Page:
The United Auto Workers union has stood as the intermediary between the Detroit three and its hourly workers since the 1930s, but unless the union begins organizing workers at foreign automakers’ U.S. assembly plants, its president is unsure of its future.
Over the past several years, an influx of production facilities from foreign automakers has flooded the United States, particularly in several southern states. While these plants continue to add American manufacturing jobs, the majority of those employed at the facilities aren’t part of the UAW — something union president Bob King believes could damage the union’s future viability.
“If we don’t organize these trans-nationals, I don’t think there’s a long-term future for the UAW. I really don’t,” King told an audience at a political action conference in Washington D.C.
The UAW reached its record-high membership figure of 1.59 million in 1979, but as plants have closed and automakers downsized, that figure has dropped to just 400,000 active members. As the UAW’s percentage of U.S. autoworkers continues to slide as compared to non-union workers, its power is continuously diminished. Unless it is able to represent a larger number of workers at multiple companies, its leverage begins to shrink.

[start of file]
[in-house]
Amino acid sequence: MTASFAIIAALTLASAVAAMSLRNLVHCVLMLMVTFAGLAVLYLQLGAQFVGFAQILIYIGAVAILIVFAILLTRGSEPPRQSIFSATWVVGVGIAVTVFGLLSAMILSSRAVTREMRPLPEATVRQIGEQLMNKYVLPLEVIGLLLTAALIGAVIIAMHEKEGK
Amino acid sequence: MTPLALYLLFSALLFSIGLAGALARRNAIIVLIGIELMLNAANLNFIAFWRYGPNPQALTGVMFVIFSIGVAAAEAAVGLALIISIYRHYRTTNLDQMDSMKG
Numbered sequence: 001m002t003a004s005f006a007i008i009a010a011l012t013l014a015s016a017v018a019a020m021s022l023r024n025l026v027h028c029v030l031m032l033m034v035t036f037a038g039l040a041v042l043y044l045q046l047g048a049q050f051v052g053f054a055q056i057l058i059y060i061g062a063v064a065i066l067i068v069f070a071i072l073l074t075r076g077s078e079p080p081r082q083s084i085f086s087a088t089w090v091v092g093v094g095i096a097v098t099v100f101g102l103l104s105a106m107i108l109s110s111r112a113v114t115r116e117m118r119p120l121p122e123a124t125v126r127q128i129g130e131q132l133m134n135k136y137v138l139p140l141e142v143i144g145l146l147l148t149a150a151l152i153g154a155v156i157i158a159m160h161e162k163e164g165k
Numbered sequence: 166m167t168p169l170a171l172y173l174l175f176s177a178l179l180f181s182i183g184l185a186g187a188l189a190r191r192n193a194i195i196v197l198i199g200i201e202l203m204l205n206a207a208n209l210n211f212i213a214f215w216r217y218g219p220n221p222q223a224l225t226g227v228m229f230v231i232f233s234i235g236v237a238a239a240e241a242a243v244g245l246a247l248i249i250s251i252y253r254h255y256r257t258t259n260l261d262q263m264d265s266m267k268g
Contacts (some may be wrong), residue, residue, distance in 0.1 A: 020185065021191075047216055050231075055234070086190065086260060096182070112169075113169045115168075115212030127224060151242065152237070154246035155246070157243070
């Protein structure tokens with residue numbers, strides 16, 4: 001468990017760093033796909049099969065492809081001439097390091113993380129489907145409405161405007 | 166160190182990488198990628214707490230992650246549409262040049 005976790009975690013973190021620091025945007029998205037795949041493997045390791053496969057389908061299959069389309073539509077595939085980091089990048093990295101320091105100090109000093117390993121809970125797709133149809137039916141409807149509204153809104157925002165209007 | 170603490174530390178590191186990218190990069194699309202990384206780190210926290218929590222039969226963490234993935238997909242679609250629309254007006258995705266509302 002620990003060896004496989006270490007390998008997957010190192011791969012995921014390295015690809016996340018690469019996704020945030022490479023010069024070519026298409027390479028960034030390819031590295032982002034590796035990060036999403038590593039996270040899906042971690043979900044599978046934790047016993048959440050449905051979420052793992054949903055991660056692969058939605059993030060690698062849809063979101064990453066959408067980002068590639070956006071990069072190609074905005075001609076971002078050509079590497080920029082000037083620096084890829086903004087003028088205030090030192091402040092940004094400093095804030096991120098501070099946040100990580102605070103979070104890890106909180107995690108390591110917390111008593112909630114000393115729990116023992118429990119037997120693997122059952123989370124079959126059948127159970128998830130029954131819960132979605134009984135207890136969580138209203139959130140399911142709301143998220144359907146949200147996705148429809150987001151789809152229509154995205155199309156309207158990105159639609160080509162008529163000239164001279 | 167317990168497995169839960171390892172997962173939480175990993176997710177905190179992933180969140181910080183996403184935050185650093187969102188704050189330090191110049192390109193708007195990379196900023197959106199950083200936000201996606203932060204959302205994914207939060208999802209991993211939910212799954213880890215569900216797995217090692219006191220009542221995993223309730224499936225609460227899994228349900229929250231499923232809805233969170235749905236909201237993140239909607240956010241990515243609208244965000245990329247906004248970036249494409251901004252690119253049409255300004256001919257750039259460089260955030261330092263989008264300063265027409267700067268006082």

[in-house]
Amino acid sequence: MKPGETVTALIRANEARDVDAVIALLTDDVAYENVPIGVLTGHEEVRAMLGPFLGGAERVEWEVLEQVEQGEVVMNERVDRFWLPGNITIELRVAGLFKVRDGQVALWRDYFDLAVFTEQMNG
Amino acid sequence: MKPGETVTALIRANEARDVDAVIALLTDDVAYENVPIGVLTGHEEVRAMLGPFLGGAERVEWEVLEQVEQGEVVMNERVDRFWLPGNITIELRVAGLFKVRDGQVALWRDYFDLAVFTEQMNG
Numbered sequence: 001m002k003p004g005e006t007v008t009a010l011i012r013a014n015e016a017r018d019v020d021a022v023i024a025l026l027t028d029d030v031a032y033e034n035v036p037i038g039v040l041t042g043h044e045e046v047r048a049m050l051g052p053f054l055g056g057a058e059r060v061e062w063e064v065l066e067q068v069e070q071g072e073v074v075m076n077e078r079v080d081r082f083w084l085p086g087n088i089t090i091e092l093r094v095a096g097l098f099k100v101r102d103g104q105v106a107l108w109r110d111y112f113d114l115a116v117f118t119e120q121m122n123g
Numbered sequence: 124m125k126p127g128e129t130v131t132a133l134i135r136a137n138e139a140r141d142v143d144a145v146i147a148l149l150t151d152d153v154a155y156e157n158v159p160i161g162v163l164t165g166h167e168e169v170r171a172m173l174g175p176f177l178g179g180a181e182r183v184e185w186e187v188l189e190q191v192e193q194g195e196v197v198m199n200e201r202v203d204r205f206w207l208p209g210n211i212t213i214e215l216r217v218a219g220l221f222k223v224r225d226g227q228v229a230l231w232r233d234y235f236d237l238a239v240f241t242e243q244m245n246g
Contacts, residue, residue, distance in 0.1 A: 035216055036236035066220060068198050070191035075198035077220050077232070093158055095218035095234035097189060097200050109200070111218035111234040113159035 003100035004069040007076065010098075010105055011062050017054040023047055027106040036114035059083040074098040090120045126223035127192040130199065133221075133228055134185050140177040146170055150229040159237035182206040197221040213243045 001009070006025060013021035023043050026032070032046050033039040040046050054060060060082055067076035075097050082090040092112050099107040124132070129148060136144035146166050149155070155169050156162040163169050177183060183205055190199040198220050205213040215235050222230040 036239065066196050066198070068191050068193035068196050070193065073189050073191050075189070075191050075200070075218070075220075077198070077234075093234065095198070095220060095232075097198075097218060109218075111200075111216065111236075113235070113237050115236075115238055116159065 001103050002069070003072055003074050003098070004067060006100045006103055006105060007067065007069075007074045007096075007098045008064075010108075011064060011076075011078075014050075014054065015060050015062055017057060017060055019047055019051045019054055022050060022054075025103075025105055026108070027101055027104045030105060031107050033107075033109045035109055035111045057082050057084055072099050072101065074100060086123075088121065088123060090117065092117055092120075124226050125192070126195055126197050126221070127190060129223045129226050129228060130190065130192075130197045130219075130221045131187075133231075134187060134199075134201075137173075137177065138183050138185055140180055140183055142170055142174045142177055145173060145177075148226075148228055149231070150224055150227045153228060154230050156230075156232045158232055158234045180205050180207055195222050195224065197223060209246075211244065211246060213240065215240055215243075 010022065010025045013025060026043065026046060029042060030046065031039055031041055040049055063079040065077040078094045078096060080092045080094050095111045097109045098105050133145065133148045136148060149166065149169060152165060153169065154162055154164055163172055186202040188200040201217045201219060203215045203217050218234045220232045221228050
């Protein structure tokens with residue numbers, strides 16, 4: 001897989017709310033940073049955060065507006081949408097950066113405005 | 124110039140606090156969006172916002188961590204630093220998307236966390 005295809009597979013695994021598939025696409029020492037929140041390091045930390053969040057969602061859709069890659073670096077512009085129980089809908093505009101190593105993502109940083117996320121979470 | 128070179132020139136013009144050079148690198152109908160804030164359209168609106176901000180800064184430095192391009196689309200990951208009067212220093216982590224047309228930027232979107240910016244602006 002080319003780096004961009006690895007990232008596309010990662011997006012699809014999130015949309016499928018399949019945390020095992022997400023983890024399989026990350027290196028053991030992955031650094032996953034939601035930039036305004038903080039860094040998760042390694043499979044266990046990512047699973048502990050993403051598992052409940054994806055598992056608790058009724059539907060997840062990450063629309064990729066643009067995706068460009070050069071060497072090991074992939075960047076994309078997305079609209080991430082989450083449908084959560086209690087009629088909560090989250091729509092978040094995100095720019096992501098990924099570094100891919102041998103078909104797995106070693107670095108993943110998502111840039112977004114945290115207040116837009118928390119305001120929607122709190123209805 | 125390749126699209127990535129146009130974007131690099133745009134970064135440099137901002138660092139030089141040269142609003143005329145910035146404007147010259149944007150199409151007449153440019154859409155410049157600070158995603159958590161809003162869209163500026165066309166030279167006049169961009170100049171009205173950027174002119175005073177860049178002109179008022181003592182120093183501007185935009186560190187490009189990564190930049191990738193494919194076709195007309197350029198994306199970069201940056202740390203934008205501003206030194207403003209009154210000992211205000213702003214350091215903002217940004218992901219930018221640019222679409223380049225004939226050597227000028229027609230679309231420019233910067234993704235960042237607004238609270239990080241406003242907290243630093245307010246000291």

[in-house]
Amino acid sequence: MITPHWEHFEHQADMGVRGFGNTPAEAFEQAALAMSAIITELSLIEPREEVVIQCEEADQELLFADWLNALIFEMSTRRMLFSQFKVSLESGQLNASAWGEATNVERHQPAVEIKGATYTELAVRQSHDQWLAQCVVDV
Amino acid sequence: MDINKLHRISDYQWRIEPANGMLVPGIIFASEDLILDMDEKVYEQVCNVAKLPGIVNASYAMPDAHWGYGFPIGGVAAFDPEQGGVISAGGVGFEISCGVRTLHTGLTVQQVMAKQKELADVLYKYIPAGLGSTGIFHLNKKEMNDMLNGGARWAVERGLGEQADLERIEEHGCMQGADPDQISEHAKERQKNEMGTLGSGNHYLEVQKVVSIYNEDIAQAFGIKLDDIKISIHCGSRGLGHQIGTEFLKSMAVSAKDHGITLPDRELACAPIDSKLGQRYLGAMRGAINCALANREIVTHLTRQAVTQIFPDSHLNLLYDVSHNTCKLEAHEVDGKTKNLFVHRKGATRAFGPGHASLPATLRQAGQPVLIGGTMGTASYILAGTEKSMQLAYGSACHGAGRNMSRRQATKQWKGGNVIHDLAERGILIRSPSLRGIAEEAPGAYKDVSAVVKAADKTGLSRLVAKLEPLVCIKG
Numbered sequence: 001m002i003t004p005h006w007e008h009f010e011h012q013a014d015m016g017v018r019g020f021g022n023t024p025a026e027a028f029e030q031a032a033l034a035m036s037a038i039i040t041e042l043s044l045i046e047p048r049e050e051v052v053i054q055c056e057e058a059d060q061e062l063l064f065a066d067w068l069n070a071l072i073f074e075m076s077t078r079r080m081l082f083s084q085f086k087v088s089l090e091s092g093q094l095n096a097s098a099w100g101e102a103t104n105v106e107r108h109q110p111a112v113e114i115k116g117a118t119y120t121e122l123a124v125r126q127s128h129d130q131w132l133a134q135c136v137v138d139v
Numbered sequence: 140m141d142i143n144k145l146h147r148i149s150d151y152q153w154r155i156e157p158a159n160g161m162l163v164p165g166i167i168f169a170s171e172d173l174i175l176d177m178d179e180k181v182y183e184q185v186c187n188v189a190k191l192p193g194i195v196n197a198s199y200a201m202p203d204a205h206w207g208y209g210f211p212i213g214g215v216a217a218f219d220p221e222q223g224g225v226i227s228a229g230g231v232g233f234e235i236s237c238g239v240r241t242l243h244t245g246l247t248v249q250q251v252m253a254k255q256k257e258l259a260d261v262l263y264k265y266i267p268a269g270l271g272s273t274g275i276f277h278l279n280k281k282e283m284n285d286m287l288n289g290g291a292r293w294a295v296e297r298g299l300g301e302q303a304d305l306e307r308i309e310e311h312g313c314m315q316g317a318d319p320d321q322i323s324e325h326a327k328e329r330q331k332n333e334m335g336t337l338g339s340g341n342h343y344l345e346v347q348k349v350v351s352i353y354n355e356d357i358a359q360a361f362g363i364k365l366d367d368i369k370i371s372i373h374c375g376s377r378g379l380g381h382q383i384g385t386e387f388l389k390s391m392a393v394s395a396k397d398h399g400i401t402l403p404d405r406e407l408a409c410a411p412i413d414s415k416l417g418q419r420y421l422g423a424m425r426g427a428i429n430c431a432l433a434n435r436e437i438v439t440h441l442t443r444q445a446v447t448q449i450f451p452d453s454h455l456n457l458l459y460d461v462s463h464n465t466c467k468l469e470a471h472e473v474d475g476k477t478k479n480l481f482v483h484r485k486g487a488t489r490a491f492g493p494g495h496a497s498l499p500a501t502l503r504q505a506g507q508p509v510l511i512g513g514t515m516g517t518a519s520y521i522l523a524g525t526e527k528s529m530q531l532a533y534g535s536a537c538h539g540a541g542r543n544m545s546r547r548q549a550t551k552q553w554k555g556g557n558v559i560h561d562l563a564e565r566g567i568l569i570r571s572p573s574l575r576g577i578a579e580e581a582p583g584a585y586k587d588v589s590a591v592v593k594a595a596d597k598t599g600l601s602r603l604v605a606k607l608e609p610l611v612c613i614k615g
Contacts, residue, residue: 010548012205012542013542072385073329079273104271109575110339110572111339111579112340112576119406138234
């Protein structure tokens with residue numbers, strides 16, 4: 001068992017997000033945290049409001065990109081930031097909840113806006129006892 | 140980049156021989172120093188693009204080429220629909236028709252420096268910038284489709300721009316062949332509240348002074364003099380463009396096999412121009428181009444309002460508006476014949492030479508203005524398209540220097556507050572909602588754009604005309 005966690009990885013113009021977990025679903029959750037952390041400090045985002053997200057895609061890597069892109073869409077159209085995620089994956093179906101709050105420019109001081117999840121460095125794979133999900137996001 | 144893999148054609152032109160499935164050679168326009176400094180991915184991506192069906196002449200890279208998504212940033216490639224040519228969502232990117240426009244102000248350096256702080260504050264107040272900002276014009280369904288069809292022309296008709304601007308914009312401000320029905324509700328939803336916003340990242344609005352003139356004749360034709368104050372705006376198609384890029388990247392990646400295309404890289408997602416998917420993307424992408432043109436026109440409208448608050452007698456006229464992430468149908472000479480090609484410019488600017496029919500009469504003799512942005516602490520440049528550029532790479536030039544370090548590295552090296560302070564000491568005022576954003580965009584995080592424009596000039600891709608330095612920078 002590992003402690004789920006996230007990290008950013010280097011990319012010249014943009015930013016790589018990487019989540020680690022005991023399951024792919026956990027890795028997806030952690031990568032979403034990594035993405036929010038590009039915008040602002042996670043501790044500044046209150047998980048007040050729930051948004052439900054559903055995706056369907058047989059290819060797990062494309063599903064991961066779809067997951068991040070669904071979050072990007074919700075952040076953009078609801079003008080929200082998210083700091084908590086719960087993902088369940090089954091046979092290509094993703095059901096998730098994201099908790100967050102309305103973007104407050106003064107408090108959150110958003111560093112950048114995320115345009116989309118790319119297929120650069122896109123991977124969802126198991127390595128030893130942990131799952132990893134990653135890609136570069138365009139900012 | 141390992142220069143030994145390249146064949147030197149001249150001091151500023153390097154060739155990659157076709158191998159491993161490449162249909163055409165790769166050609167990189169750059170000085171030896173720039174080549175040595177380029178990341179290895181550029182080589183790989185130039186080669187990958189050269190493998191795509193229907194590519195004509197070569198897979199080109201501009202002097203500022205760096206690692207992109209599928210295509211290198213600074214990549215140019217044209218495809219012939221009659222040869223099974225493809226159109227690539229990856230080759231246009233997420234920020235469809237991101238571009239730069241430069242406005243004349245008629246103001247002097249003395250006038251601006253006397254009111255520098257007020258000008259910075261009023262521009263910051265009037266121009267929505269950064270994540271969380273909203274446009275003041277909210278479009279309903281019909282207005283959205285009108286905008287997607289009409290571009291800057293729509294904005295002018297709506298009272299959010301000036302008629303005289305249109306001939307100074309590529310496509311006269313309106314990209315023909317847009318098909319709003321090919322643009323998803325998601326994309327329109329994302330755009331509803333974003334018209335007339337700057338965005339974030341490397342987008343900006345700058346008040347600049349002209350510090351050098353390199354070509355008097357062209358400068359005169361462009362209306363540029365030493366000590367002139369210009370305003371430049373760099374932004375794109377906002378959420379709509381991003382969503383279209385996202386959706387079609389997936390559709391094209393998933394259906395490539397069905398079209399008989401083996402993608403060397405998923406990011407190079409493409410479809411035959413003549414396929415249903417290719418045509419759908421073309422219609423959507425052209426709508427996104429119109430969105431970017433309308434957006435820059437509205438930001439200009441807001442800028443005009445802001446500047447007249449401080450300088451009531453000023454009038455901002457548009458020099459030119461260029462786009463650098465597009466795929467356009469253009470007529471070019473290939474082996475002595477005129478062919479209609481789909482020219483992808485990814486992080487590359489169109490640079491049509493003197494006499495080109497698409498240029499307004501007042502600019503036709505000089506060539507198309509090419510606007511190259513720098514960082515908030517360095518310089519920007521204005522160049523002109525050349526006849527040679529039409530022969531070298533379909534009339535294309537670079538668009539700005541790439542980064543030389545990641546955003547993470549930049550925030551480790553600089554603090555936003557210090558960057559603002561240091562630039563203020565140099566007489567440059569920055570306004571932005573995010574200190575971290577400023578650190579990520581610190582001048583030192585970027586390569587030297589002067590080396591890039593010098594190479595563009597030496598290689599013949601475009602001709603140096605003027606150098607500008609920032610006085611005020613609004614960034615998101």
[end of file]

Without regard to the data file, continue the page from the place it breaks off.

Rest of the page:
The UAW has previously attempted to organize facilities owned by foreign automakers, but typically walked away from each venture with its goals unmet.
“Because [the automakers] didn’t want us to be able to succeed in our organizing drives, whatever we did with the Big 3, they would run out and give it — in some cases even more — to workers before we got there to keep us out,” King noted.”
King believes this trend has changed, however, as automakers continue to locate plants in economically-depressed locations, allowing companies to pay less to those simply excited at the prospect of a steady, paying job.
True to his prior rhetoric, King announced at his conference in Washington that the UAW intends to organize a single automaker by the end of 2011 — although at this point, it’s completely unclear as to which automaker the union is focusing on. King noted the union has asked foreign automakers with U.S. assembly plants to agree to a so-called “fair bargaining” set of principles.
The UAW plans to protest one of the conflicting automakers at random should they fail to comply within 90 days. As of now, none have responded to the union’s request.
Source: The Detroit Free Press